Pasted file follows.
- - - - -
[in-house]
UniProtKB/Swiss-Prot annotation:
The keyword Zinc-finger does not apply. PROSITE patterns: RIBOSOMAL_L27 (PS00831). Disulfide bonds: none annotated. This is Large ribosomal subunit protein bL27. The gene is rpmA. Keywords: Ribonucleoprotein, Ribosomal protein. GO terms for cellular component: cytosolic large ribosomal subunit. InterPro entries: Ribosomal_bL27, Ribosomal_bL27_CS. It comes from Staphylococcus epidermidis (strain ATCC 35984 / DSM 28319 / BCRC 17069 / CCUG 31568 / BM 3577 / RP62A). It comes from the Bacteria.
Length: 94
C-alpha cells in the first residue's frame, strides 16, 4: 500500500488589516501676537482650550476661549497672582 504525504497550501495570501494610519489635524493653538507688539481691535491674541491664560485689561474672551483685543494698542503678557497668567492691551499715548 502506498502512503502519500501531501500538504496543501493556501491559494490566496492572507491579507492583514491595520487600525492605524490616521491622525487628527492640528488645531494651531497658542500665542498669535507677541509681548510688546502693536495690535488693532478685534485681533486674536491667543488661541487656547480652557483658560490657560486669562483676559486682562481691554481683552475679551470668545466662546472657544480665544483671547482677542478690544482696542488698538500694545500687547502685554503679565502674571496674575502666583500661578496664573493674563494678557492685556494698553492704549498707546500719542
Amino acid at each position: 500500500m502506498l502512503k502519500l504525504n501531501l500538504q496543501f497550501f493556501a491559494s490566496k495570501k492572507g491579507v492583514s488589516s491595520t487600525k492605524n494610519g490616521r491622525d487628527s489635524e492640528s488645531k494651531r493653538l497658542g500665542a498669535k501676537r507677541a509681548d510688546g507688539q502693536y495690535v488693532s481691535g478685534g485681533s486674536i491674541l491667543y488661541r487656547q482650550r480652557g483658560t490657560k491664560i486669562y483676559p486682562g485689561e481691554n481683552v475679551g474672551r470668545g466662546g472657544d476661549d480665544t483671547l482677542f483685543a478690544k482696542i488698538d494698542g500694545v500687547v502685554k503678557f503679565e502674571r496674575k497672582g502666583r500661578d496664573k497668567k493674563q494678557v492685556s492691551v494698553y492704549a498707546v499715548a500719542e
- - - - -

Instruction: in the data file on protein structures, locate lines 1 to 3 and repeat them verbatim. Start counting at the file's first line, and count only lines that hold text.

[in-house]
UniProtKB/Swiss-Prot annotation:
The keyword Zinc-finger does not apply. PROSITE patterns: RIBOSOMAL_L27 (PS00831). Disulfide bonds: none annotated. This is Large ribosomal subunit protein bL27. The gene is rpmA. Keywords: Ribonucleoprotein, Ribosomal protein. GO terms for cellular component: cytosolic large ribosomal subunit. InterPro entries: Ribosomal_bL27, Ribosomal_bL27_CS. It comes from Staphylococcus epidermidis (strain ATCC 35984 / DSM 28319 / BCRC 17069 / CCUG 31568 / BM 3577 / RP62A). It comes from the Bacteria.